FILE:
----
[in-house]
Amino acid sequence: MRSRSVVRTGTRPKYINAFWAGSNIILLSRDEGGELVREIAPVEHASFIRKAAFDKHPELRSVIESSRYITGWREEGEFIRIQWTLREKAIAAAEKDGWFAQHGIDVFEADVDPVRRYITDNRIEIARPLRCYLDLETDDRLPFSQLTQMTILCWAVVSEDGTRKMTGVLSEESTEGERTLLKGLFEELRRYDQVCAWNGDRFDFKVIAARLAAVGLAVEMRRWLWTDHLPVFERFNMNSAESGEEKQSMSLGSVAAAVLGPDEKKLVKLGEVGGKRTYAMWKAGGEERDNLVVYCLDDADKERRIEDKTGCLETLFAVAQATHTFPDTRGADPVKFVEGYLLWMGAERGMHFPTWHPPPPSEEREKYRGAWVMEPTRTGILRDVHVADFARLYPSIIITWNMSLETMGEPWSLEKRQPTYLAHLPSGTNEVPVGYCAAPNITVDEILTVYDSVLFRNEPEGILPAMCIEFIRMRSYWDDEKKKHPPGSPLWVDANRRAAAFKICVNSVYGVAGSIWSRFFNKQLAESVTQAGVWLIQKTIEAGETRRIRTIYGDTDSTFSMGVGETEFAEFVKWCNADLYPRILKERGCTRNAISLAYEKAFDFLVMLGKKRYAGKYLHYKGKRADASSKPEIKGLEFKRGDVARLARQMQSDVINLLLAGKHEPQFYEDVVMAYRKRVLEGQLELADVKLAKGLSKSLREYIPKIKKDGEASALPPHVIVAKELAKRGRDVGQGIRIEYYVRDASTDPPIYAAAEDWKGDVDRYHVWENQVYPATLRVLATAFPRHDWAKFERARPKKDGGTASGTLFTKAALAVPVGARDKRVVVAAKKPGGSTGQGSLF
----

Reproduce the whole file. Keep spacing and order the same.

[in-house]
Amino acid sequence: MRSRSVVRTGTRPKYINAFWAGSNIILLSRDEGGELVREIAPVEHASFIRKAAFDKHPELRSVIESSRYITGWREEGEFIRIQWTLREKAIAAAEKDGWFAQHGIDVFEADVDPVRRYITDNRIEIARPLRCYLDLETDDRLPFSQLTQMTILCWAVVSEDGTRKMTGVLSEESTEGERTLLKGLFEELRRYDQVCAWNGDRFDFKVIAARLAAVGLAVEMRRWLWTDHLPVFERFNMNSAESGEEKQSMSLGSVAAAVLGPDEKKLVKLGEVGGKRTYAMWKAGGEERDNLVVYCLDDADKERRIEDKTGCLETLFAVAQATHTFPDTRGADPVKFVEGYLLWMGAERGMHFPTWHPPPPSEEREKYRGAWVMEPTRTGILRDVHVADFARLYPSIIITWNMSLETMGEPWSLEKRQPTYLAHLPSGTNEVPVGYCAAPNITVDEILTVYDSVLFRNEPEGILPAMCIEFIRMRSYWDDEKKKHPPGSPLWVDANRRAAAFKICVNSVYGVAGSIWSRFFNKQLAESVTQAGVWLIQKTIEAGETRRIRTIYGDTDSTFSMGVGETEFAEFVKWCNADLYPRILKERGCTRNAISLAYEKAFDFLVMLGKKRYAGKYLHYKGKRADASSKPEIKGLEFKRGDVARLARQMQSDVINLLLAGKHEPQFYEDVVMAYRKRVLEGQLELADVKLAKGLSKSLREYIPKIKKDGEASALPPHVIVAKELAKRGRDVGQGIRIEYYVRDASTDPPIYAAAEDWKGDVDRYHVWENQVYPATLRVLATAFPRHDWAKFERARPKKDGGTASGTLFTKAALAVPVGARDKRVVVAAKKPGGSTGQGSLF